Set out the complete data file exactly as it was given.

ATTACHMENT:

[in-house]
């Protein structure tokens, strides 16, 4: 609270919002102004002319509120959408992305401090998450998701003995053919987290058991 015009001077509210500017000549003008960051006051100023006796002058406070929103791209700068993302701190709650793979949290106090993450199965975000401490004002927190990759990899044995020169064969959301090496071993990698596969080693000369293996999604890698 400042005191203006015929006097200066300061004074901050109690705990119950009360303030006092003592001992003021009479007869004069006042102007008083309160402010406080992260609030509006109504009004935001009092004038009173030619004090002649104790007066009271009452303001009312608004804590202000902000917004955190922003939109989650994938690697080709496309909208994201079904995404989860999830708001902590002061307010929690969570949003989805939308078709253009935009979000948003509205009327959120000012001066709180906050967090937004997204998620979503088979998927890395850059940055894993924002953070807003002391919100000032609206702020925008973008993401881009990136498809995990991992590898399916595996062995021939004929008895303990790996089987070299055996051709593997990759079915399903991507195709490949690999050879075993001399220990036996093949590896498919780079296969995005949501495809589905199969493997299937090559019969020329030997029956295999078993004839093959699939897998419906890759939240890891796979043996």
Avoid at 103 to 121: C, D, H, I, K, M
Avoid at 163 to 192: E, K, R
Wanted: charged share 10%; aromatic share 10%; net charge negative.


[in-house]
């Protein structure tokens, strides 16, 4: 609270919002102004002319509120959408992305401090998450998701003995053919987290058991 015009001077509210500017000549003008960051006051100023006796002058406070929103791209700068993302701190709650793979949290106090993450199965975000401490004002927190990759990899044995020169064969959301090496071993990698596969080693000369293996999604890698 400042005191203006015929006097200066300061004074901050109690705990119950009360303030006092003592001992003021009479007869004069006042102007008083309160402010406080992260609030509006109504009004935001009092004038009173030619004090002649104790007066009271009452303001009312608004804590202000902000917004955190922003939109989650994938690697080709496309909208994201079904995404989860999830708001902590002061307010929690969570949003989805939308078709253009935009979000948003509205009327959120000012001066709180906050967090937004997204998620979503088979998927890395850059940055894993924002953070807003002391919100000032609206702020925008973008993401881009990136498809995990991992590898399916595996062995021939004929008895303990790996089987070299055996051709593997990759079915399903991507195709490949690999050879075993001399220990036996093949590896498919780079296969995005949501495809589905199969493997299937090559019969020329030997029956295999078993004839093959699939897998419906890759939240890891796979043996």
Avoid at 103 to 121: C, D, H, I, K, M
Avoid at 163 to 192: E, K, R
Wanted: charged share 10%; aromatic share 10%; net charge negative.